“Roommate, I need to talk to you about something that is bothering me.
I know you are going through a really rough time right now, but this habit where you come home from a hard day and immediately tell me all about the worst parts of it is not working for me. I want to be there for you as a friend, but not at the expense of my own writing time and my own need to unwind after a day of being ‘on’ all day at school. I need a break from Dave’s Daily Download.”
Especially initially, keep the conversation focused on your own needs and not about managing his troubles. As much as you may want to, it is not your job to solve his job situation, relationship regrets, or treat his anxiety. It isn’t even your job to spoon-feed him every single solution that might help give you what you need. It is your job to tell him what you need and ask him to stop a behavior that is bothering you.
Also, I appear to have named your roommate “Dave.”
He will respond…somehow. Maybe with some version of:
- “I am sorry, I didn’t realize the burden I was putting on you”
- “Oh god I am so embarrassed why didn’t you tell me sooner?”
- “Wow sorry to be such a terrible person that I bore all my friends”
If a shame spiral begins, DO NOT ENTER IT WITH HIM. Cut him off. “–Dave, this isn’t about you being a bad person. It’s about making you aware of a pattern and restoring some boundaries in our living situation. For example, when my door is closed, that means I want to be alone, and I’d like you to not knock on it unless it’s a true emergency. Maybe we can institute a daily tea break around 6pm, and you can rant for 10 minutes and I can rant for 10 minutes and then we high-five and go to our separate corners. When you are so obviously suffering, it’s hard for me to know how to end conversations with you gracefully when I need to get back to work. So I also need you to be aware of that, and for you to exit gracefully and swiftly when I say ‘no thanks I don’t need anything from the store, got to get back to writing.‘”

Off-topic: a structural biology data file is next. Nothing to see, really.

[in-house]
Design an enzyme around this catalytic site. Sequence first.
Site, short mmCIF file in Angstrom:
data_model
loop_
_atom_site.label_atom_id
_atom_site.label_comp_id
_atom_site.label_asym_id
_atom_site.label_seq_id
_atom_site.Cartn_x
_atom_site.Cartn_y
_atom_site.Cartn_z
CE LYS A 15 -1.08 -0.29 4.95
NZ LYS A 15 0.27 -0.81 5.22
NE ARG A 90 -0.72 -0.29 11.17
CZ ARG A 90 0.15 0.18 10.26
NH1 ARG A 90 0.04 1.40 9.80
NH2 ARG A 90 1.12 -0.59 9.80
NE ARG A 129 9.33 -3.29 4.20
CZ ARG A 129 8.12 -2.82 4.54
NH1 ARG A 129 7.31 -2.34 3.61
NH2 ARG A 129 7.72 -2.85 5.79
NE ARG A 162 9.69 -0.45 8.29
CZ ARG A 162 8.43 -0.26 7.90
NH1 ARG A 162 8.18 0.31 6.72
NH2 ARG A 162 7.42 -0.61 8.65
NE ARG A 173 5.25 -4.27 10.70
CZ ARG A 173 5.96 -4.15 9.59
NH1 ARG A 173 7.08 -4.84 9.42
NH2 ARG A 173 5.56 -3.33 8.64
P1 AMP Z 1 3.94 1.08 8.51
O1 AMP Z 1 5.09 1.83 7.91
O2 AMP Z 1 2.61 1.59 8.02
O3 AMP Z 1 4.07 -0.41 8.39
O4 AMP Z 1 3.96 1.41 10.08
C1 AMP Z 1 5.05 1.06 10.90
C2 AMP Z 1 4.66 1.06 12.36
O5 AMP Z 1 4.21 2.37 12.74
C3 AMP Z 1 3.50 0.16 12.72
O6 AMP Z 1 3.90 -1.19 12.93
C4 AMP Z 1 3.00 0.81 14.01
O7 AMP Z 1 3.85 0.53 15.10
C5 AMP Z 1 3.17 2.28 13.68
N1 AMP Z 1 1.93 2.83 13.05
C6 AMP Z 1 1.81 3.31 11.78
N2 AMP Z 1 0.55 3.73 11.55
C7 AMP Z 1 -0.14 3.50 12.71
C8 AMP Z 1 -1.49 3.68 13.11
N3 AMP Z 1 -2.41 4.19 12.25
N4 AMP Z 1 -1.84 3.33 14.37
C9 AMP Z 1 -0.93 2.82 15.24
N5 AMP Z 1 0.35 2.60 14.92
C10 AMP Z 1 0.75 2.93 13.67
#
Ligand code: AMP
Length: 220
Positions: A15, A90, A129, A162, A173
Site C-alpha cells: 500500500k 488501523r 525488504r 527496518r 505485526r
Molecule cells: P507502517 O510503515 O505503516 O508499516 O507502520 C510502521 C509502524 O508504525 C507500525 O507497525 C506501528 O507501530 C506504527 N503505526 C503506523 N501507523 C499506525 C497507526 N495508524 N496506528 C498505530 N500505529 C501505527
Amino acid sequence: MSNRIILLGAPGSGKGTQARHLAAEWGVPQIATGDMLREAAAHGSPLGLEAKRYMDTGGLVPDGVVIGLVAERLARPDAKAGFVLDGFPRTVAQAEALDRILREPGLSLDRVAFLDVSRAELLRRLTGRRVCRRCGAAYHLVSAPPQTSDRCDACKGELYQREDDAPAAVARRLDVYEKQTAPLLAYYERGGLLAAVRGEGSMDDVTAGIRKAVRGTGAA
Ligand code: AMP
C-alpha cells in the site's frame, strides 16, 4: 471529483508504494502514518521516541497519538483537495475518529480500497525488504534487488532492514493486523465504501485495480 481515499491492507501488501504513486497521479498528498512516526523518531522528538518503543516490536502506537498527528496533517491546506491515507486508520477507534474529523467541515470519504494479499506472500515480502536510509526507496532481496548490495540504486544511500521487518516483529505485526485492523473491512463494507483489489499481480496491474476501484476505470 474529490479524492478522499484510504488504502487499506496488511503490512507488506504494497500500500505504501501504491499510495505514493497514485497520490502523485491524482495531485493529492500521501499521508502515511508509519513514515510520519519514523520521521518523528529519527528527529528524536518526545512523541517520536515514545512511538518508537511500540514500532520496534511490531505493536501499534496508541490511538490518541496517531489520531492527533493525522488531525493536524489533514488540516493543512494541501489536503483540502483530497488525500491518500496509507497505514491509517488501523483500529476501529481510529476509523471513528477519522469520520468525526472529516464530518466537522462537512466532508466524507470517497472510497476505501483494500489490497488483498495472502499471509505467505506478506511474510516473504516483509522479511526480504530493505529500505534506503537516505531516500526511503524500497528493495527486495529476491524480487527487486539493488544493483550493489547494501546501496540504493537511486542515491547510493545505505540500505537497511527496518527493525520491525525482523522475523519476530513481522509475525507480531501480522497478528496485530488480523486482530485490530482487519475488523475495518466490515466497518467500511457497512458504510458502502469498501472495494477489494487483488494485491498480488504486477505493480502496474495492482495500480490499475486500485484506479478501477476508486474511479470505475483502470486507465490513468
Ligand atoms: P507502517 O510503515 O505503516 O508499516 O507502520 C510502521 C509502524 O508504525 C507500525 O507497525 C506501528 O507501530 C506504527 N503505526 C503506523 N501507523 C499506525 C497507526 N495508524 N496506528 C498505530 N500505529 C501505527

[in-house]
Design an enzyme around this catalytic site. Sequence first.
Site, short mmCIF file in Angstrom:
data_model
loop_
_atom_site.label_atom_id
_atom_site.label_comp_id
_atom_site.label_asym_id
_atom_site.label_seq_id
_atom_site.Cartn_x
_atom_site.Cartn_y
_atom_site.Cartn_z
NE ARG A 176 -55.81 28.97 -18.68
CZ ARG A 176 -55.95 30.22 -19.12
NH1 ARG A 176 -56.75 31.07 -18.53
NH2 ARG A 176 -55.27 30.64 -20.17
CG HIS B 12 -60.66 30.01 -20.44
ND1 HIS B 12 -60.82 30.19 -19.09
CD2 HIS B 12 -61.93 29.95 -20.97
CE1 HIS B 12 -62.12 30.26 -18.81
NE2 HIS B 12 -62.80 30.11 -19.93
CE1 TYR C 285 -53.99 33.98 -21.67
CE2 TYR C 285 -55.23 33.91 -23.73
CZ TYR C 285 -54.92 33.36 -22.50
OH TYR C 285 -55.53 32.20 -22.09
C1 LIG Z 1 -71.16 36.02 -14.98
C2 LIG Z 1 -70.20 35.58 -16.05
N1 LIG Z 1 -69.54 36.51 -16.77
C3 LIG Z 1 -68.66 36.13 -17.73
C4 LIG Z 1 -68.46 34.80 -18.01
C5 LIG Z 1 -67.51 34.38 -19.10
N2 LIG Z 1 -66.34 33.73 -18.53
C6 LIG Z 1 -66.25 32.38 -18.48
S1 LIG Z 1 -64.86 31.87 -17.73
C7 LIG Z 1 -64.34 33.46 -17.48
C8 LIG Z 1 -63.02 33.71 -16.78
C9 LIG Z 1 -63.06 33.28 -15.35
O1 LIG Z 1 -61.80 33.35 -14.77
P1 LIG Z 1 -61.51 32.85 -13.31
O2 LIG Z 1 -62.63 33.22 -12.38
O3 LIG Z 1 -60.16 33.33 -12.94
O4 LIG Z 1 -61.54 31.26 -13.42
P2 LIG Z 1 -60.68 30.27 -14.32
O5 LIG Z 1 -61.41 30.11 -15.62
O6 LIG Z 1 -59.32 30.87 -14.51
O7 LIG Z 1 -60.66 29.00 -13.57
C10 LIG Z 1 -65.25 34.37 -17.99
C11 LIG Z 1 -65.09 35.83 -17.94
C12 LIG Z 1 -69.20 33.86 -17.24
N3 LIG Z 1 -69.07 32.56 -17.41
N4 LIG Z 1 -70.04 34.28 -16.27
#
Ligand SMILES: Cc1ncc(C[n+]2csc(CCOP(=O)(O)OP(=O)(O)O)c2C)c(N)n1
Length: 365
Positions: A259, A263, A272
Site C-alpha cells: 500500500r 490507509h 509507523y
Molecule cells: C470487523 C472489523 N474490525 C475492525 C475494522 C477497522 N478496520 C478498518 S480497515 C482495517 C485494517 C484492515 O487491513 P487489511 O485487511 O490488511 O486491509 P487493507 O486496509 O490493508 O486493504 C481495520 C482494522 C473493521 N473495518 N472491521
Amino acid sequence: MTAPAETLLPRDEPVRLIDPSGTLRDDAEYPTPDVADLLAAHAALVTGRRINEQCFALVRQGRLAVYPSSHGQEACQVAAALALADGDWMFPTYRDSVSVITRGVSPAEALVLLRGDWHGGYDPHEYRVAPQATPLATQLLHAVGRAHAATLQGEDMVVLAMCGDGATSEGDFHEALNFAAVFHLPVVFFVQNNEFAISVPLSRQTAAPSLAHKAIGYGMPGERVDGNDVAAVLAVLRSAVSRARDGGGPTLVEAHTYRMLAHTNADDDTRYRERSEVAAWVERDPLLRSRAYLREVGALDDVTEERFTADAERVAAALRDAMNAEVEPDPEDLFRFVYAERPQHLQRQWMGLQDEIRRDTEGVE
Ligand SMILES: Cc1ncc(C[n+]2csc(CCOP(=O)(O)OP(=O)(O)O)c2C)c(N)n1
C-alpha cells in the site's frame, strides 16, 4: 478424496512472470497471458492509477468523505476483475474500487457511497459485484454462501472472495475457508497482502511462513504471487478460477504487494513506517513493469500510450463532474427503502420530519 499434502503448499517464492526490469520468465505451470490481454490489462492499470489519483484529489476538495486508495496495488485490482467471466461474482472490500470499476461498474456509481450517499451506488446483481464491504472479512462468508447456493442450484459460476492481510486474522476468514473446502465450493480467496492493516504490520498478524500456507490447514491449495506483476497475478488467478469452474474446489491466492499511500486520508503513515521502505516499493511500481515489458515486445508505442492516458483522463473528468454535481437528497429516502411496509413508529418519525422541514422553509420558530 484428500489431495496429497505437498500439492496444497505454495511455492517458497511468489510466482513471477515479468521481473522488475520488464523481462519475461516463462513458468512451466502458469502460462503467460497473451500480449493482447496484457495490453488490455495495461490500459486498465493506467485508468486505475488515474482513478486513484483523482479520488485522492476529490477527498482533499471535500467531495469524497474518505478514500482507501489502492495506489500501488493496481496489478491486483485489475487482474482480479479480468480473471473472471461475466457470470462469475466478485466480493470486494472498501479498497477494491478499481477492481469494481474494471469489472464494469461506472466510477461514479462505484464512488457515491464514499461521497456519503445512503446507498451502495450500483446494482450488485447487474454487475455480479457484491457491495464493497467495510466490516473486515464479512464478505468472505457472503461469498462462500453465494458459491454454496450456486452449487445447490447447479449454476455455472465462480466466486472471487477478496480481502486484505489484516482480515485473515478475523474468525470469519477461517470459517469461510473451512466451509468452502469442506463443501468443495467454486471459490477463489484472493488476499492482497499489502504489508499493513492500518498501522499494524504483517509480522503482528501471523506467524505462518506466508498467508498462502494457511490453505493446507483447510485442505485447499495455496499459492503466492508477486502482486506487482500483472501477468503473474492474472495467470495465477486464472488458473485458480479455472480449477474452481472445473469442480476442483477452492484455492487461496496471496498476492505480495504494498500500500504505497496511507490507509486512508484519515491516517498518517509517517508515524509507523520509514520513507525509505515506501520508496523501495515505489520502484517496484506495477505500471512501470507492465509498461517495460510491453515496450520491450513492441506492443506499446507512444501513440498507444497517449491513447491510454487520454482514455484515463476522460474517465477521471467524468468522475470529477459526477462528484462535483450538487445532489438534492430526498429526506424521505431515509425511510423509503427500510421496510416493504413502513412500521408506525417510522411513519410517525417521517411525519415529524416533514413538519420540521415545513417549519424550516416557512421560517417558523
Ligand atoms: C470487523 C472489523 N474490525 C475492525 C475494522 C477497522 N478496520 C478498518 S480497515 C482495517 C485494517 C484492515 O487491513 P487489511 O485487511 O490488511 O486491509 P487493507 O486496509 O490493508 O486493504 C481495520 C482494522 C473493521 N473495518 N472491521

When and if he agrees to be more aware, and if the conversation is going well, then turn the conversation to his ongoing struggles. If not, save that talk for another day. That talk is something like:
“Dave, I don’t need an apology. I just needed to tell you what’s going on with me. I know you’re not doing any of this on purpose, and that you wouldn’t be behaving like this if you weren’t genuinely worried and suffering. So I have to ask, when was the last time you checked in with a professional about strategies to manage your anxiety and stress? You were doing really well with it for a while. Is there someone you can call for a tune-up?”
Depending on your relationship and how open he is to gentle mocking, “6 hours a week with me vs. 50 minutes a week with a trained pro who actually knows how to help seems like an awesome tradeoff!” I like being gently mocked by close friends when I’m really sad because it makes me feel like I belong and like they aren’t handling me with kid gloves. I realize not everyone is this way, so use with caution.
“Dave” may seek help and he may not. He may immediately list the 10,000 reasons why he Just Can’t Therapy Right Now. The reasons might all be valid ones. Say what you need to say and then disengage as much as possible from problem solving mode.
In fact, that is your mantra going forward: Say the thing + disengage
“Dave, can’t talk right now. Do you not see my Jo-March-Inspired Cap of Go Away, set menacingly low upon my brow?” + DISENGAGE
“Dave, that totally blows! What jerks! Hey, want to go to the laundromat with me Saturday? We can do our laundry and catch up in depth.” + DISENGAGE
“Dave, you already asked me to that party twice. Why don’t you ask (mutual friend)?” + DISENGAGE
“Dave, I saw on Facebook that my friend’s company is looking for a (what you do). Her email is _____, she said you could send a resume right to her.” + DISENGAGE
Disengage emotionally from solving Dave for Dave and see what happens. If bad, sulking, pouting, boundary-violating things happen, well, your living situation has run its course and it’s time to look for a new set-up. If good things happen, hopefully you can hold onto your friendship and your happy home.